So what did we learn this week from the Senate Armed Services Committee hearing on Tuesday?
A great deal about the press.
Including that they are lazy (there were exceptions, we noted them), that they'd rather all be wrong together than be right all by themselves (again, we noted exceptions) and just how stupid they can be -- All Things Media Big and Small.
Here's the first thing to jot down: Most 'covering' hearings don't know what was said.
What they do is they use prepared remarks. Witnesses provide prepared testimony in writing -- their opening statements (which bad witnesses read word for word aloud) -- and these are embargoed until the hearing but available. The press can get access to them before the hearing starts but the embargo means: "Please, please, don't publish on this until after the hearing starts." The Chair and the Ranking Member usually have their opening statements written out ahead of time and their staff freely distributes them.
With that, most of the 'reporting' you read is done.
What was the big story about the Tuesday hearing?
That John McCain and Leon Panetta had sharp words.
That was the first round of questioning and that was passed off as news because it was gossip. That's what the DC press corps runs on. But anyone really present for the first panel would have been aware that McCain and Panetta had no personal problem and were laughing with one another and thanking one another in the second round. That didn't get slipped into the story because most 'reporters' weren't aware it happened.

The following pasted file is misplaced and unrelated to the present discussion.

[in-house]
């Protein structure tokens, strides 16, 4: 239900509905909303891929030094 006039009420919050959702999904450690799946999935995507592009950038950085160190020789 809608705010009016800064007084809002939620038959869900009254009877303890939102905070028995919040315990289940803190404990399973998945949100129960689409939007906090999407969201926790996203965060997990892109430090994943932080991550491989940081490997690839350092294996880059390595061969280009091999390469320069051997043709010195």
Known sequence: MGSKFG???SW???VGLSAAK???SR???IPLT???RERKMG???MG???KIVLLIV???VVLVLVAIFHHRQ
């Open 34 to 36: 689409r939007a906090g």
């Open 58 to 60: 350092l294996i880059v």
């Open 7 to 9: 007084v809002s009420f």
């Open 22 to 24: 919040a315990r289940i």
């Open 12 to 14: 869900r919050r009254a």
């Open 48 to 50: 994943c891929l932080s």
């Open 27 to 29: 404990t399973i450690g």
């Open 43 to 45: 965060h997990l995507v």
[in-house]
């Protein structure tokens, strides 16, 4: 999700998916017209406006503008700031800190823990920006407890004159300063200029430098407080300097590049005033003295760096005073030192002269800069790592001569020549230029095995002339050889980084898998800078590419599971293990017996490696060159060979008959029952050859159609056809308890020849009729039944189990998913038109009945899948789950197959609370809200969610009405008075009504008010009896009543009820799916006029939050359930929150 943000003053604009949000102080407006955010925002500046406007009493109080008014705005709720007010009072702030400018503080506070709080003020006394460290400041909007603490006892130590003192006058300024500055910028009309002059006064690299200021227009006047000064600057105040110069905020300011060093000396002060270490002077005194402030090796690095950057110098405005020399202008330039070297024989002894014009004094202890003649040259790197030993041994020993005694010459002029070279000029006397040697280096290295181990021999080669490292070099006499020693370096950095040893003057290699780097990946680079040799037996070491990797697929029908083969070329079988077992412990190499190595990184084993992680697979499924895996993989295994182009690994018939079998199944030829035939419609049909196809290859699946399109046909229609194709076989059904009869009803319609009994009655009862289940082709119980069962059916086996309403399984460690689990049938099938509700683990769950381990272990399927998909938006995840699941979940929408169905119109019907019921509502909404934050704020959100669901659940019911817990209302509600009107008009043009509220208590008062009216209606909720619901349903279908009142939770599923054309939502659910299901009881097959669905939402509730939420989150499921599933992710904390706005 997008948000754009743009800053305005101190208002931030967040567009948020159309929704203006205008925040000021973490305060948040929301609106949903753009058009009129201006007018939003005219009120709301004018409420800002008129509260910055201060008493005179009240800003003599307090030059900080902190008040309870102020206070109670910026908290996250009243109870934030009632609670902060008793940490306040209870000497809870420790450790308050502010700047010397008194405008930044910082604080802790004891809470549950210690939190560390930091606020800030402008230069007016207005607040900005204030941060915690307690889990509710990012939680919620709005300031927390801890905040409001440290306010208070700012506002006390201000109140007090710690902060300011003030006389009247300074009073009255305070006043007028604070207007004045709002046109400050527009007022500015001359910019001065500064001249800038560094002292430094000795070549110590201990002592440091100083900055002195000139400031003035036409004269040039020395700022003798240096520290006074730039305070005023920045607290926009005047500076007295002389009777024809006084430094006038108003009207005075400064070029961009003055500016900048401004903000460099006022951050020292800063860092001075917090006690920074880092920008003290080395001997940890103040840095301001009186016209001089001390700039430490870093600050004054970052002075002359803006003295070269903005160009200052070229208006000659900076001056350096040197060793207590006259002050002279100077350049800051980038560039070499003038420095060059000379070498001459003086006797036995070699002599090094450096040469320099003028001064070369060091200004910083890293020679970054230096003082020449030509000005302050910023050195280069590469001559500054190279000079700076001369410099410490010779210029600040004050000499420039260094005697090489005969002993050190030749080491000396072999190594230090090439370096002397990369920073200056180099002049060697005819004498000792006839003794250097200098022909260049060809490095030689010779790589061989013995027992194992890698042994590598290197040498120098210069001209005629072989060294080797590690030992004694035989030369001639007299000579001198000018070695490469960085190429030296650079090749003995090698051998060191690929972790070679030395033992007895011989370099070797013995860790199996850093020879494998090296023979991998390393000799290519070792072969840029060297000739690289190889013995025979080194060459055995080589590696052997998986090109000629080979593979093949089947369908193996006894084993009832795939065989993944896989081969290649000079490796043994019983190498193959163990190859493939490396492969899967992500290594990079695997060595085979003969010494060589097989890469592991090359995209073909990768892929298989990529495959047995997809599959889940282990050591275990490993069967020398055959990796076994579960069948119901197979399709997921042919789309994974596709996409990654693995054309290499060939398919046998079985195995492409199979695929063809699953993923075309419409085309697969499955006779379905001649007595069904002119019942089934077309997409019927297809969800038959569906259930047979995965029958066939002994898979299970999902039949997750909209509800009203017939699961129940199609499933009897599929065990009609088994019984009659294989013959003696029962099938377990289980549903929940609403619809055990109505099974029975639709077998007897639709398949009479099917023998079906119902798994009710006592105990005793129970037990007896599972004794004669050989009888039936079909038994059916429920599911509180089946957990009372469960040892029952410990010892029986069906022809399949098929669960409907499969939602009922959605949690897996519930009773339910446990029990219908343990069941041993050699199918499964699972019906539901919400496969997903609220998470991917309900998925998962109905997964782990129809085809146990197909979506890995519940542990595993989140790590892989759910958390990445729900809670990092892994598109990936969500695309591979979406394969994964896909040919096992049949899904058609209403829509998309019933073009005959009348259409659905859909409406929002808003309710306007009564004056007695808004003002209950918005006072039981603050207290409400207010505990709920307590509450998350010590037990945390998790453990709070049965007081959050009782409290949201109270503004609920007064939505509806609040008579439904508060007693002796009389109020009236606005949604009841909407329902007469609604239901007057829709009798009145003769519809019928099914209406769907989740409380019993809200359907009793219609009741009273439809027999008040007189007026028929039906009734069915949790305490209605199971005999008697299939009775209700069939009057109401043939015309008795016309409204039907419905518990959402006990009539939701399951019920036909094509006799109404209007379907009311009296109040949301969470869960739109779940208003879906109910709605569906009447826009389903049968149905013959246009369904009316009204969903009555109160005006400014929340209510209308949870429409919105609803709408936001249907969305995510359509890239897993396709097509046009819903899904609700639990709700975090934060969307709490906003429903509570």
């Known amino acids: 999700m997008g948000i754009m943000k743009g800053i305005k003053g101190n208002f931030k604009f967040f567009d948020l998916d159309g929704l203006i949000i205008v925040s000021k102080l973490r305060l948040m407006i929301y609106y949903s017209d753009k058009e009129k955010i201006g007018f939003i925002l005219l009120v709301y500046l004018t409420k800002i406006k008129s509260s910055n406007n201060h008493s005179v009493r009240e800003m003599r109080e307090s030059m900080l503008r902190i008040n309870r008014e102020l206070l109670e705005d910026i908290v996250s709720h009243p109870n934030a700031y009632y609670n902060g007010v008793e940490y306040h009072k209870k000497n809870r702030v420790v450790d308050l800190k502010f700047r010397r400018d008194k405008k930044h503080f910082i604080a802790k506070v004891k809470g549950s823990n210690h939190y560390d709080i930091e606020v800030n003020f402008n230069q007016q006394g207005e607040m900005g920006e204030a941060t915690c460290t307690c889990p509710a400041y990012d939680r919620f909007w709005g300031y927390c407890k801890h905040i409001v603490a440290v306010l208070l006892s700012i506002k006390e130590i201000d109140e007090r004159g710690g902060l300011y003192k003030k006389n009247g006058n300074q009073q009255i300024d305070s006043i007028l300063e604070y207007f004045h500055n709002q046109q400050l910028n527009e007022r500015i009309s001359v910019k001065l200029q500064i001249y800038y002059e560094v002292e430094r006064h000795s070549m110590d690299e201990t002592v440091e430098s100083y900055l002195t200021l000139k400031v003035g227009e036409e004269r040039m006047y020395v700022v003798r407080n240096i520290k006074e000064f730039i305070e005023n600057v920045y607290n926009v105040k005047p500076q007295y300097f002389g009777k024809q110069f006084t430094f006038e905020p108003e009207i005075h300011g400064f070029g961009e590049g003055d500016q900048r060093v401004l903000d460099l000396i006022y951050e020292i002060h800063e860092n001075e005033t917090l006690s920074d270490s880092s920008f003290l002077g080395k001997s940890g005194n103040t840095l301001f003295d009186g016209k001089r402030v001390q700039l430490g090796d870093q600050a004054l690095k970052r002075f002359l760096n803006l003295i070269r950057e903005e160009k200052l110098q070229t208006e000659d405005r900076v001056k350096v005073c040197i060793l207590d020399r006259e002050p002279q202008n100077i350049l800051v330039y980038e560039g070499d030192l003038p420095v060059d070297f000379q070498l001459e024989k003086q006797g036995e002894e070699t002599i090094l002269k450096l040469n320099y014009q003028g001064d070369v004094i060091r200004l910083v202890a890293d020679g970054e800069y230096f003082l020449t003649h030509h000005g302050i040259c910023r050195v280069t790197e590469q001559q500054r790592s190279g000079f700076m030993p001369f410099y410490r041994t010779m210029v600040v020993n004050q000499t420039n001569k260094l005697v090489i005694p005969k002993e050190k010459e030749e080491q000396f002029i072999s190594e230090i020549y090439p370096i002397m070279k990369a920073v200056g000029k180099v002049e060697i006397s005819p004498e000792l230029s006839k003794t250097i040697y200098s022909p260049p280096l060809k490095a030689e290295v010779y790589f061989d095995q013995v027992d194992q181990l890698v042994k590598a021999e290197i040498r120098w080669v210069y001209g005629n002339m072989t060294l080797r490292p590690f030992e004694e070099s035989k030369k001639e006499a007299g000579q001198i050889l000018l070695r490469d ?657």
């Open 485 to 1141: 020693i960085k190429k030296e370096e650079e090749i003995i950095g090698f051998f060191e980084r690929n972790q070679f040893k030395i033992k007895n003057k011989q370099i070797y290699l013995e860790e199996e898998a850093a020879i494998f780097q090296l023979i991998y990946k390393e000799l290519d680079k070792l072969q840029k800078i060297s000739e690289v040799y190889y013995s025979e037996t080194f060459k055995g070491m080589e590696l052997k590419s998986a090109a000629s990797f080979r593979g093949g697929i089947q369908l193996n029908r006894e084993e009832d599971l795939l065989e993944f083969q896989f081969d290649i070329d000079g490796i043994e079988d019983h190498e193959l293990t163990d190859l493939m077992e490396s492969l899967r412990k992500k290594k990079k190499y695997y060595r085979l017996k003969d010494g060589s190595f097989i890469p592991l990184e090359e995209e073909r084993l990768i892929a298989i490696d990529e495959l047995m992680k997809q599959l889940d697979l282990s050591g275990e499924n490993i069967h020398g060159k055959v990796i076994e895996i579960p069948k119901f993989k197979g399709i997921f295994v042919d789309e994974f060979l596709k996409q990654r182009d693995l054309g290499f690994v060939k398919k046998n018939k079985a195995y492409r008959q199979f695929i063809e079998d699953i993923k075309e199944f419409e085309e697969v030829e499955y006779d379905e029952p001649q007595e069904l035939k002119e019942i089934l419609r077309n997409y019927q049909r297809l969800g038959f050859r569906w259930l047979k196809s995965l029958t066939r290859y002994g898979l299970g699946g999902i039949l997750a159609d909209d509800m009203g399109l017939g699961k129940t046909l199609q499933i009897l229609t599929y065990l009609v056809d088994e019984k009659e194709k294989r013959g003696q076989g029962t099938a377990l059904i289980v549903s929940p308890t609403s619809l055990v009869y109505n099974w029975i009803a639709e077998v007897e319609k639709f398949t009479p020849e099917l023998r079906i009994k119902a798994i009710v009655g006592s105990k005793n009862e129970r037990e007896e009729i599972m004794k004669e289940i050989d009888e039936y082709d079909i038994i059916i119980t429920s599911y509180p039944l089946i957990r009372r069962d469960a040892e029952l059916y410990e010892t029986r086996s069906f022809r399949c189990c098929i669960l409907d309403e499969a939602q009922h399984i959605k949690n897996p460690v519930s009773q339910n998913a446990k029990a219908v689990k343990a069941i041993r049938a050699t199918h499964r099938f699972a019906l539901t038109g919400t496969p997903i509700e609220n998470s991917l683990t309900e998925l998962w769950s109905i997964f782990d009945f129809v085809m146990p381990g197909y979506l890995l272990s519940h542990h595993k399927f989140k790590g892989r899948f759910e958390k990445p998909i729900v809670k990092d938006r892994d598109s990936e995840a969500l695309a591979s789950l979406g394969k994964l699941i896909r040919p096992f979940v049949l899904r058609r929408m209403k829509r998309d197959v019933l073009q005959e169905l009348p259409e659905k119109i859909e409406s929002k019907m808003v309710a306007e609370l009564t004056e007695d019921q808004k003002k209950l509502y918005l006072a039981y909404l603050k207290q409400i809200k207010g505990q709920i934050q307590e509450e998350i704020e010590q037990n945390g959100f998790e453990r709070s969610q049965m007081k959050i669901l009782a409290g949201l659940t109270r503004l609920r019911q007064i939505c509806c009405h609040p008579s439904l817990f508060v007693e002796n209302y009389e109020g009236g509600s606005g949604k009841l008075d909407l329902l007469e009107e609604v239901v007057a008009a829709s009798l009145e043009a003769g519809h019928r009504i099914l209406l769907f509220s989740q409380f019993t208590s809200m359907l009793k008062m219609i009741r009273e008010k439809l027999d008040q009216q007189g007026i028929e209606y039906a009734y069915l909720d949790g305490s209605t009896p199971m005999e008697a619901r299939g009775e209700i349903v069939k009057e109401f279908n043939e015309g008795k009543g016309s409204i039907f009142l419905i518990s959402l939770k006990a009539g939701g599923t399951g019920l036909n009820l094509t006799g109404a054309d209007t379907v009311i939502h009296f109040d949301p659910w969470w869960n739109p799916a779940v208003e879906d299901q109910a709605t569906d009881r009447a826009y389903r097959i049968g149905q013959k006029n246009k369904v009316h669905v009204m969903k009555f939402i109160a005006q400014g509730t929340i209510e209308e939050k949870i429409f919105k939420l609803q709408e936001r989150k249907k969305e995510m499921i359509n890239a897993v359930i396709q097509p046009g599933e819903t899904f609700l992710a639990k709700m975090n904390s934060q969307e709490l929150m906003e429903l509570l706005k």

Just like they didn't know what was said about Camp Ashraf residents or what was said about drones or that the Chair of the Joint-Chiefs referred to US bases in Iraq that will be used by the US next year as "enduring" bases. His term. He emphasized it and noted it. But the press didn't tell you that.
See, you can write a full story, you can tease it out and pretend like you were there covering the hearing just by a quote from this opening statement of the Chair and that opening statement of a witness and toss in the gossip of the hour and -- BOOM! -- instant story for hearing you don't even know what they discussed.
I like Leon. I've known him for years.
But I've never cast him as a peace-nik. Nor as someone that antiwar types should be applauding. Why would I? Though the press glommed on "Barack's women" with the Libyan War -- Leon was right in there screaming for it as well. He was at odds with Robert Gates. Gates is a Hawk -- so is Leon.
So it's really funny to reflect on the garbage Antiwar.com churned out which paints Leon as the great defender of peace and national soveriengty.
They read the bad reporting presumably.
But they weren't at the hearing so they were unaware that the 'answer' Leon gave wasn't thought up on the spot. Leon came into the hearing with a series of possible remarks to use.